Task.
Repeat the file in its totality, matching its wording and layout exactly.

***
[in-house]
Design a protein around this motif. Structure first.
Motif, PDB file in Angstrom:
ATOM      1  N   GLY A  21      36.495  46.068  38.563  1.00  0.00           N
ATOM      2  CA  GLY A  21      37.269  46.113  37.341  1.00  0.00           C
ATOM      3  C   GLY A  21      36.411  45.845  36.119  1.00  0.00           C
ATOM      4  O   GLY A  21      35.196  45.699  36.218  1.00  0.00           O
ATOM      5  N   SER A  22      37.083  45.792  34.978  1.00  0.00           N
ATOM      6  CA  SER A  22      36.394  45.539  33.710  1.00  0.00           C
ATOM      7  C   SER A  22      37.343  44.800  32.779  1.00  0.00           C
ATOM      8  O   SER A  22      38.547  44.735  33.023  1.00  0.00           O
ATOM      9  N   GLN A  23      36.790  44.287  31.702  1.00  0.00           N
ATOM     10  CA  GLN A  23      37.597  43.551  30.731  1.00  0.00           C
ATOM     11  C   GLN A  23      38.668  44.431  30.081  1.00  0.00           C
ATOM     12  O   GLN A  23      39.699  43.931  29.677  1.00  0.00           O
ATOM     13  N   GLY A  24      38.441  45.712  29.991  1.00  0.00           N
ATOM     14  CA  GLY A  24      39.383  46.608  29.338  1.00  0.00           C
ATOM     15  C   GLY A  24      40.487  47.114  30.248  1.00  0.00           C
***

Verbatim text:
[in-house]
Design a protein around this motif. Structure first.
Motif, PDB file in Angstrom:
ATOM      1  N   GLY A  21      36.495  46.068  38.563  1.00  0.00           N
ATOM      2  CA  GLY A  21      37.269  46.113  37.341  1.00  0.00           C
ATOM      3  C   GLY A  21      36.411  45.845  36.119  1.00  0.00           C
ATOM      4  O   GLY A  21      35.196  45.699  36.218  1.00  0.00           O
ATOM      5  N   SER A  22      37.083  45.792  34.978  1.00  0.00           N
ATOM      6  CA  SER A  22      36.394  45.539  33.710  1.00  0.00           C
ATOM      7  C   SER A  22      37.343  44.800  32.779  1.00  0.00           C
ATOM      8  O   SER A  22      38.547  44.735  33.023  1.00  0.00           O
ATOM      9  N   GLN A  23      36.790  44.287  31.702  1.00  0.00           N
ATOM     10  CA  GLN A  23      37.597  43.551  30.731  1.00  0.00           C
ATOM     11  C   GLN A  23      38.668  44.431  30.081  1.00  0.00           C
ATOM     12  O   GLN A  23      39.699  43.931  29.677  1.00  0.00           O
ATOM     13  N   GLY A  24      38.441  45.712  29.991  1.00  0.00           N
ATOM     14  CA  GLY A  24      39.383  46.608  29.338  1.00  0.00           C
ATOM     15  C   GLY A  24      40.487  47.114  30.248  1.00  0.00           C